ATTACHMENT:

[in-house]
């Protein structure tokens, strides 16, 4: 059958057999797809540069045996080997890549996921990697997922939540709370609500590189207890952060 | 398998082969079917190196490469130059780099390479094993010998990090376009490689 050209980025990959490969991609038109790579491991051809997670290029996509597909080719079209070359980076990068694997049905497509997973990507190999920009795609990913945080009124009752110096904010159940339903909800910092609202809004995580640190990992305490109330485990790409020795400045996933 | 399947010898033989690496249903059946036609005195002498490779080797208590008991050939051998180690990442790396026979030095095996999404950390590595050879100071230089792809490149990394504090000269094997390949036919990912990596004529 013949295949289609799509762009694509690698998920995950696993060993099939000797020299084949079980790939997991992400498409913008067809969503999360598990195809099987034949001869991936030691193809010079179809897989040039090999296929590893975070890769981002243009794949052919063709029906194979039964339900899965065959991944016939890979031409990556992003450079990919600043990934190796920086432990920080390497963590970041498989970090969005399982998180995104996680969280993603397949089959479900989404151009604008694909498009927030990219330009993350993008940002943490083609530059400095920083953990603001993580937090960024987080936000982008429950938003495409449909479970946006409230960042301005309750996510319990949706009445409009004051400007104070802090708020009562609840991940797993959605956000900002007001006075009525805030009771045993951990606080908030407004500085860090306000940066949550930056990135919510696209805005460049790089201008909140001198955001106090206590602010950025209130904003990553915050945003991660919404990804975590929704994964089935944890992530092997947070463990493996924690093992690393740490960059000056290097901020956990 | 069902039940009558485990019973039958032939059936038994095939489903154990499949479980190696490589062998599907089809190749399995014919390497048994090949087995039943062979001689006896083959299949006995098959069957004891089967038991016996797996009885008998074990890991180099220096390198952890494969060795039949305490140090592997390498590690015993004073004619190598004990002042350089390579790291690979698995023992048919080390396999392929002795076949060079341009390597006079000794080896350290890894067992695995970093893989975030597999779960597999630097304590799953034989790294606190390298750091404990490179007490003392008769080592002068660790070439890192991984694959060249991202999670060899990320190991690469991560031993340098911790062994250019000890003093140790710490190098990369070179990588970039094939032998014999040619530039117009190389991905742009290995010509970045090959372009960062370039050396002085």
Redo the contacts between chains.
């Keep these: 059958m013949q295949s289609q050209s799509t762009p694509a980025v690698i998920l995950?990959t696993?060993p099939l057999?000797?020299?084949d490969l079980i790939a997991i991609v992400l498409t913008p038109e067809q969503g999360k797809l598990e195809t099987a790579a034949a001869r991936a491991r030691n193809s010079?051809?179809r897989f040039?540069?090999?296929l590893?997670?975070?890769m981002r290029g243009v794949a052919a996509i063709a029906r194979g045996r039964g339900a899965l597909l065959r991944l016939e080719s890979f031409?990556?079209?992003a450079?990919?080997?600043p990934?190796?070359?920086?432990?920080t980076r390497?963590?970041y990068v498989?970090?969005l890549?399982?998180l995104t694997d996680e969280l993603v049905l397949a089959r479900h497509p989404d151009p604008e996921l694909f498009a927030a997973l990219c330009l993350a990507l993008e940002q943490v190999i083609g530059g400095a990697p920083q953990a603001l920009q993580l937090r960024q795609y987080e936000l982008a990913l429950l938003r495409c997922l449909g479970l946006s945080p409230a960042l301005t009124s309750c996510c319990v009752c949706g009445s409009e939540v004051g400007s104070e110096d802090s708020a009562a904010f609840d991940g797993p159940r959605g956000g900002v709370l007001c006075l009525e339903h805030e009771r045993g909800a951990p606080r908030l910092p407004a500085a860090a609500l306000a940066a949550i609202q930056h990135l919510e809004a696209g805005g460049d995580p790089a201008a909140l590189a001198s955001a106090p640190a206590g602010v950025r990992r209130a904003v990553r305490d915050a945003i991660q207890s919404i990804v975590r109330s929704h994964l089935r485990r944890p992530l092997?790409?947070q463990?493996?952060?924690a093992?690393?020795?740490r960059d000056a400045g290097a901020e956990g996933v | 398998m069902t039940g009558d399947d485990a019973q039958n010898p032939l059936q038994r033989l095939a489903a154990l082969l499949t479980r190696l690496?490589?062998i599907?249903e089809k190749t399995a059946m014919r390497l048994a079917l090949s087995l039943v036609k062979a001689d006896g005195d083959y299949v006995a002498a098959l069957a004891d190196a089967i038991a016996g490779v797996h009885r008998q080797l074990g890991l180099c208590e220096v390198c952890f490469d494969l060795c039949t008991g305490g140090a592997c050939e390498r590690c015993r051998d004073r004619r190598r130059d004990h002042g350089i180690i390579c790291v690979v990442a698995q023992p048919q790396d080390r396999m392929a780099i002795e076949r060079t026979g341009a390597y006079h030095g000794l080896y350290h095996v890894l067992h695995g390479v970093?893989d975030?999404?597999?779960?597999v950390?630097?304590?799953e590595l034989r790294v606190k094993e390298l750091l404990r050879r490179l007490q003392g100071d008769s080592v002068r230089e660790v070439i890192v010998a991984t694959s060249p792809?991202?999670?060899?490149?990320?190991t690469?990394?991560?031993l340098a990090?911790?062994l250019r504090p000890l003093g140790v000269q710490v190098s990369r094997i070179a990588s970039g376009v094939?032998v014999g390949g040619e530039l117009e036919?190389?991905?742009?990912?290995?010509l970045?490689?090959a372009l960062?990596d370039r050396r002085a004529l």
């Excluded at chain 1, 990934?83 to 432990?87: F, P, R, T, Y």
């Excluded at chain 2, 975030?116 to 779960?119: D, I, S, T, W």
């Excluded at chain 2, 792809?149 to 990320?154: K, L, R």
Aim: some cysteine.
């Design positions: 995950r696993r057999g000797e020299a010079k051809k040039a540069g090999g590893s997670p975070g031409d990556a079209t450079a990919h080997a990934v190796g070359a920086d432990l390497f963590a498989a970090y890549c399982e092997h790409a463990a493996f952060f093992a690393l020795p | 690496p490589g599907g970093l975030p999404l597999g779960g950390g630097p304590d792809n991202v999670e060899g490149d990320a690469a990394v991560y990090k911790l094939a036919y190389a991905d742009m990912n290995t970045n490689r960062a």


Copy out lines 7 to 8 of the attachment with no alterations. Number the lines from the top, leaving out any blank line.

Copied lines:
């Excluded at chain 2, 792809?149 to 990320?154: K, L, R």
Aim: some cysteine.